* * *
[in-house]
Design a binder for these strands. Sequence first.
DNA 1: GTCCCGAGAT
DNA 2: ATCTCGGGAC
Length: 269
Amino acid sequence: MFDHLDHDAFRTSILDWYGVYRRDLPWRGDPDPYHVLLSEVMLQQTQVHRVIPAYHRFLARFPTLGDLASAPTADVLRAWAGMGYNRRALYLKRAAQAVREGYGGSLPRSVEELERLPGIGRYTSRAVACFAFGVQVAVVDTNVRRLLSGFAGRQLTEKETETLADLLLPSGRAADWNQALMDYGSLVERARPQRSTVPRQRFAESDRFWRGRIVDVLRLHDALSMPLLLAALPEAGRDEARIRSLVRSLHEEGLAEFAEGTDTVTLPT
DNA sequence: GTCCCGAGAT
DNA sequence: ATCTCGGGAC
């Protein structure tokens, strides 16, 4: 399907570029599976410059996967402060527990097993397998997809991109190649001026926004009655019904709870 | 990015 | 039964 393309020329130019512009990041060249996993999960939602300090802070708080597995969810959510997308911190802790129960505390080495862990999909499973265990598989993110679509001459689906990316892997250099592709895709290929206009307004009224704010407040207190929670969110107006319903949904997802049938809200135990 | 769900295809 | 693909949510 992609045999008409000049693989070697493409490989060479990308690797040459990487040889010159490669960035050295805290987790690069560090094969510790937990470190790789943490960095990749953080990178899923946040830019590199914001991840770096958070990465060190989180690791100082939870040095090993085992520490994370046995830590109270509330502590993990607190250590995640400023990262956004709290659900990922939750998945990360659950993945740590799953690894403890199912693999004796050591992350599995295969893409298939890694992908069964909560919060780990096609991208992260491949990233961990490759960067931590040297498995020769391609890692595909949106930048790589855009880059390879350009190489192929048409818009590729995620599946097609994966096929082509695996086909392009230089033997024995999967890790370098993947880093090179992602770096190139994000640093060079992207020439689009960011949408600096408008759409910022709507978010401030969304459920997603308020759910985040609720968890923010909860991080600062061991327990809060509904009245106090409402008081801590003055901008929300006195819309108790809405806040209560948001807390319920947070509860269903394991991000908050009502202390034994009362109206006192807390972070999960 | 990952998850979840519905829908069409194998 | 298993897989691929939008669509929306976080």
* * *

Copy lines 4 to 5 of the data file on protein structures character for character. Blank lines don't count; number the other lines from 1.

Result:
DNA 2: ATCTCGGGAC
Length: 269